A new horror film that understands evil better than ‘The Exorcist’
Fifty years after its release, “The Exorcist” remains the most iconic depiction of possession and exorcism in the popular imagination. (The film’s director, William Friedkin, died earlier this month.) Aside from its enduring success with critics and audiences, it is also the rare horror movie that has been acclaimed by members of the clergy. In a 1974 article for The New York Times, “‘Exorcist’ Adds Problems for Catholic Clergymen,” the Paulist priest Ellwood “Bud” Kieser admired the film for “show[ing] the divine in man and the demonic in man really fighting out,” and in 2011 Father Robert Barron commended the film as “ultimately…a meditation on the priesthood itself.”
It is understandable that many Catholics would appreciate a movie that takes church teaching seriously. Yet on the film’s 50th anniversary, and following Friedkin’s death, I can’t help wondering whether its outsized impact has in fact popularized a trivial, superficial picture of the Christian understanding of evil.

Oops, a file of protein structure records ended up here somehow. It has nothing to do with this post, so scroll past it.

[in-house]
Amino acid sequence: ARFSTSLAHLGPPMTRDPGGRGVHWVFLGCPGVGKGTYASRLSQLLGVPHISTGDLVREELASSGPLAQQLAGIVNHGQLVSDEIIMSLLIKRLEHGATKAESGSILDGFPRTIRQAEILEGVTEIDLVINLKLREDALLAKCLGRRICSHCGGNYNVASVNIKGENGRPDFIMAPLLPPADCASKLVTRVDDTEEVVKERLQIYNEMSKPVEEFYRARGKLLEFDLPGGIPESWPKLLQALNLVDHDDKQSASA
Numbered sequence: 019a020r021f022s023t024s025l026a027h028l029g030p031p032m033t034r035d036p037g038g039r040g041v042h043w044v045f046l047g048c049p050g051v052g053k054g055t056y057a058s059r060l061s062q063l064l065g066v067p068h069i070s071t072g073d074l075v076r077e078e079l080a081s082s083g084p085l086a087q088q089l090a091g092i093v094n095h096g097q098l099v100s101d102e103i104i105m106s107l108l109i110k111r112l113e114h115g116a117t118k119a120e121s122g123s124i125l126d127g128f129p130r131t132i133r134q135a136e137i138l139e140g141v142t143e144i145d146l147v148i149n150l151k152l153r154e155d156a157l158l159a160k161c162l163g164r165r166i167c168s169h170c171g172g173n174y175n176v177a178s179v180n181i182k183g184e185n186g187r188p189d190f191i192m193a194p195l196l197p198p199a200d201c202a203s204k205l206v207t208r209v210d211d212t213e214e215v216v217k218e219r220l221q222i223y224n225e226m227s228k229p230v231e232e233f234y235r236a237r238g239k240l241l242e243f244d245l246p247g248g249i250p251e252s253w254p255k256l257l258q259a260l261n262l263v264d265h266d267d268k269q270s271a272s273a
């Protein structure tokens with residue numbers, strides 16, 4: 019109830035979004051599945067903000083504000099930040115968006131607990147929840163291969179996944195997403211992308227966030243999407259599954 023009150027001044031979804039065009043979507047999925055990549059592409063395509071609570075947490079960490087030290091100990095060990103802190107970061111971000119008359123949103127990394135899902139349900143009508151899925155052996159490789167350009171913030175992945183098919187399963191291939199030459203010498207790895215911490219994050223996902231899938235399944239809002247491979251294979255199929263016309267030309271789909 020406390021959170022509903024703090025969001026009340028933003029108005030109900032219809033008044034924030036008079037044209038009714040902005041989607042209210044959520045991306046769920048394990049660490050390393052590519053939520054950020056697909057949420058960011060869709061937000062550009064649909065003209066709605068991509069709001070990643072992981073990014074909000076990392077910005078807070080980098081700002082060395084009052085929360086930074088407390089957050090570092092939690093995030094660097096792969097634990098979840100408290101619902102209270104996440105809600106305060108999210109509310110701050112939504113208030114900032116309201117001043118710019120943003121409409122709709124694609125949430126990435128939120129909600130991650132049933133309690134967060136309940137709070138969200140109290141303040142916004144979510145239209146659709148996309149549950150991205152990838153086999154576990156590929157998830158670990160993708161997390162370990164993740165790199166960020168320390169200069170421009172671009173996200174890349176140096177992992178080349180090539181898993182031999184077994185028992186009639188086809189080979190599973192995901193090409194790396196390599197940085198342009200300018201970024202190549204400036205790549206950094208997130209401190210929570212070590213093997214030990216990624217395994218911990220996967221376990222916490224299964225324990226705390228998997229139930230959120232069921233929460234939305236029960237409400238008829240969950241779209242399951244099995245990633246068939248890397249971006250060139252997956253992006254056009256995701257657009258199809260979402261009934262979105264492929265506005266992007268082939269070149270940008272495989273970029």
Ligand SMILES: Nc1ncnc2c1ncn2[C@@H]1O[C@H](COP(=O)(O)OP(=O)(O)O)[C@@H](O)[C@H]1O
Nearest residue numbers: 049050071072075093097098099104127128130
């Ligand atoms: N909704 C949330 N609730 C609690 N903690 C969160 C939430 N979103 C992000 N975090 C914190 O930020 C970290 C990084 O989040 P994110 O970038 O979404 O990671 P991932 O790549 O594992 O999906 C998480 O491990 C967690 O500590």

‘The Exorcist’ has popularized a trivial, superficial picture of the Christian understanding of evil.
The narrative template codified from “The Exorcist” goes something like this: an innocent, unassuming victim, usually female—a young girl, (“The Possession,”2012), a college student (“The Exorcism of Emily Rose,” 2005), a nun (“The Nun,”2018)—is possessed by an entity that causes them to inflict harm upon themselves and those around them. A priest is called to intervene and, after an affirmation of orthodox faith, usually hard-won, successfully casts out the demon and restores order.
There is nothing intrinsically wrong with this formula. But it overlooks certain quintessential aspects of the Christian idea of evil. In the Bible, the demonic tends to be uncomfortably normalized in a society, rather than alien or intrusive to it, and exorcism is something that tends to upset, rather than restore, the status quo.